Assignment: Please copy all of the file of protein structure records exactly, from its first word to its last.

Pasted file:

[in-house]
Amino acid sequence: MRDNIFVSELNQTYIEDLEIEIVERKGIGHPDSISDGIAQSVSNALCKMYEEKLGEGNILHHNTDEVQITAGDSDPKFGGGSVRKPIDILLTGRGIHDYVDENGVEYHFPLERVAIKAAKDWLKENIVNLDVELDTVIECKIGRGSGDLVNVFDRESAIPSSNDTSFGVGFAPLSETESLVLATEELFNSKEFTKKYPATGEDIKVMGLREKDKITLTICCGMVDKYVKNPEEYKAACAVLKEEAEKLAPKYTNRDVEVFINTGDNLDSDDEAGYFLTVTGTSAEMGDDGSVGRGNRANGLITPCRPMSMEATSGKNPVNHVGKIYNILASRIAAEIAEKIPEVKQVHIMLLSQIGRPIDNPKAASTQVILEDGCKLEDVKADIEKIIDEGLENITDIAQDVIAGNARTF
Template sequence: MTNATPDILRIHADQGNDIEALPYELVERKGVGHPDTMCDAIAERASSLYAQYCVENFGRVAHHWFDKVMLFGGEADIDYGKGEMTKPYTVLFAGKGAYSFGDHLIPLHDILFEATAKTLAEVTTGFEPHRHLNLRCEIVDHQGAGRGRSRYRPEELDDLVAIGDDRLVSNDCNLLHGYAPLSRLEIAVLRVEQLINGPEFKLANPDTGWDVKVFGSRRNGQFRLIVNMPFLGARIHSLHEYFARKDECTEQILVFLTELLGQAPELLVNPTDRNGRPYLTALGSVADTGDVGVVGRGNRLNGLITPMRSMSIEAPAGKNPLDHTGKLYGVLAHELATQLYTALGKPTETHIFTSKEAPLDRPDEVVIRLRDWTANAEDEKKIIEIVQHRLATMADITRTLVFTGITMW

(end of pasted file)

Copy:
[in-house]
Amino acid sequence: MRDNIFVSELNQTYIEDLEIEIVERKGIGHPDSISDGIAQSVSNALCKMYEEKLGEGNILHHNTDEVQITAGDSDPKFGGGSVRKPIDILLTGRGIHDYVDENGVEYHFPLERVAIKAAKDWLKENIVNLDVELDTVIECKIGRGSGDLVNVFDRESAIPSSNDTSFGVGFAPLSETESLVLATEELFNSKEFTKKYPATGEDIKVMGLREKDKITLTICCGMVDKYVKNPEEYKAACAVLKEEAEKLAPKYTNRDVEVFINTGDNLDSDDEAGYFLTVTGTSAEMGDDGSVGRGNRANGLITPCRPMSMEATSGKNPVNHVGKIYNILASRIAAEIAEKIPEVKQVHIMLLSQIGRPIDNPKAASTQVILEDGCKLEDVKADIEKIIDEGLENITDIAQDVIAGNARTF
Template sequence: MTNATPDILRIHADQGNDIEALPYELVERKGVGHPDTMCDAIAERASSLYAQYCVENFGRVAHHWFDKVMLFGGEADIDYGKGEMTKPYTVLFAGKGAYSFGDHLIPLHDILFEATAKTLAEVTTGFEPHRHLNLRCEIVDHQGAGRGRSRYRPEELDDLVAIGDDRLVSNDCNLLHGYAPLSRLEIAVLRVEQLINGPEFKLANPDTGWDVKVFGSRRNGQFRLIVNMPFLGARIHSLHEYFARKDECTEQILVFLTELLGQAPELLVNPTDRNGRPYLTALGSVADTGDVGVVGRGNRLNGLITPMRSMSIEAPAGKNPLDHTGKLYGVLAHELATQLYTALGKPTETHIFTSKEAPLDRPDEVVIRLRDWTANAEDEKKIIEIVQHRLATMADITRTLVFTGITMW